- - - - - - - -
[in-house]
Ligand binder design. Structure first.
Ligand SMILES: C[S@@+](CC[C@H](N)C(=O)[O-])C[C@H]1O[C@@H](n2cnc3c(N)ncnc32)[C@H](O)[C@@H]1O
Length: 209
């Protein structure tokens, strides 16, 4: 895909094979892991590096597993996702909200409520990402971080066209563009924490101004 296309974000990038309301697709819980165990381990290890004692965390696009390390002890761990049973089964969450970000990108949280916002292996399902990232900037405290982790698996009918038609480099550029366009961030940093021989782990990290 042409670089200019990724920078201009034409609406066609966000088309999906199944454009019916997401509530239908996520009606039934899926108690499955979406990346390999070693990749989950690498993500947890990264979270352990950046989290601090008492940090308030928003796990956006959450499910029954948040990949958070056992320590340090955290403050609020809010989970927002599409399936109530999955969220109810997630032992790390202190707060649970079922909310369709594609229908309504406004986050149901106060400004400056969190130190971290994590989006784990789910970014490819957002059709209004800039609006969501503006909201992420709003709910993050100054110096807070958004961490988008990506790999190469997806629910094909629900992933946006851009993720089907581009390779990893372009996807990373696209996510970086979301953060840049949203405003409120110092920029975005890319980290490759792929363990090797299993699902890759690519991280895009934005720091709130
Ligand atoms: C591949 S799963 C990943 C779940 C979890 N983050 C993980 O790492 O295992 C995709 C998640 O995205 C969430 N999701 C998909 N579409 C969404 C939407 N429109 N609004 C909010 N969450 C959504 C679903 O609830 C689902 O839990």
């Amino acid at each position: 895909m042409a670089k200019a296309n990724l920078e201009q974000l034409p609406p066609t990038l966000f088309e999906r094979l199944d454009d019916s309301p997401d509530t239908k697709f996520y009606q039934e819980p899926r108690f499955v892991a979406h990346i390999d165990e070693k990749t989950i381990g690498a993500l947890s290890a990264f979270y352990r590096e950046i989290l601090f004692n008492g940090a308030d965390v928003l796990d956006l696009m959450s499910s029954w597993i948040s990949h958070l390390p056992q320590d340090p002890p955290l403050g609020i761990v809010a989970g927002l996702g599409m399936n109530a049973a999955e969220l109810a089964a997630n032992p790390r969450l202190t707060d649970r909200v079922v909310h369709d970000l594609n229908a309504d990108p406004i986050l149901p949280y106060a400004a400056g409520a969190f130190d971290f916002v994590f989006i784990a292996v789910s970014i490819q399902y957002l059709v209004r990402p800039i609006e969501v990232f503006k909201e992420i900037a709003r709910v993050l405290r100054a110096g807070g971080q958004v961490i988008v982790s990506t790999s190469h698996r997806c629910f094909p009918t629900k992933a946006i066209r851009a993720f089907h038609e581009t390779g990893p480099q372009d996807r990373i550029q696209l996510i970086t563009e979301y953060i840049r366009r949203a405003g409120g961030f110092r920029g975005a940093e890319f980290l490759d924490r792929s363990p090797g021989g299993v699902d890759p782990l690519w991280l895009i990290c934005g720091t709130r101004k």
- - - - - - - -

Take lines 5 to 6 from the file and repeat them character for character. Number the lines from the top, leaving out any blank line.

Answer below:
């Protein structure tokens, strides 16, 4: 895909094979892991590096597993996702909200409520990402971080066209563009924490101004 296309974000990038309301697709819980165990381990290890004692965390696009390390002890761990049973089964969450970000990108949280916002292996399902990232900037405290982790698996009918038609480099550029366009961030940093021989782990990290 042409670089200019990724920078201009034409609406066609966000088309999906199944454009019916997401509530239908996520009606039934899926108690499955979406990346390999070693990749989950690498993500947890990264979270352990950046989290601090008492940090308030928003796990956006959450499910029954948040990949958070056992320590340090955290403050609020809010989970927002599409399936109530999955969220109810997630032992790390202190707060649970079922909310369709594609229908309504406004986050149901106060400004400056969190130190971290994590989006784990789910970014490819957002059709209004800039609006969501503006909201992420709003709910993050100054110096807070958004961490988008990506790999190469997806629910094909629900992933946006851009993720089907581009390779990893372009996807990373696209996510970086979301953060840049949203405003409120110092920029975005890319980290490759792929363990090797299993699902890759690519991280895009934005720091709130
Ligand atoms: C591949 S799963 C990943 C779940 C979890 N983050 C993980 O790492 O295992 C995709 C998640 O995205 C969430 N999701 C998909 N579409 C969404 C939407 N429109 N609004 C909010 N969450 C959504 C679903 O609830 C689902 O839990």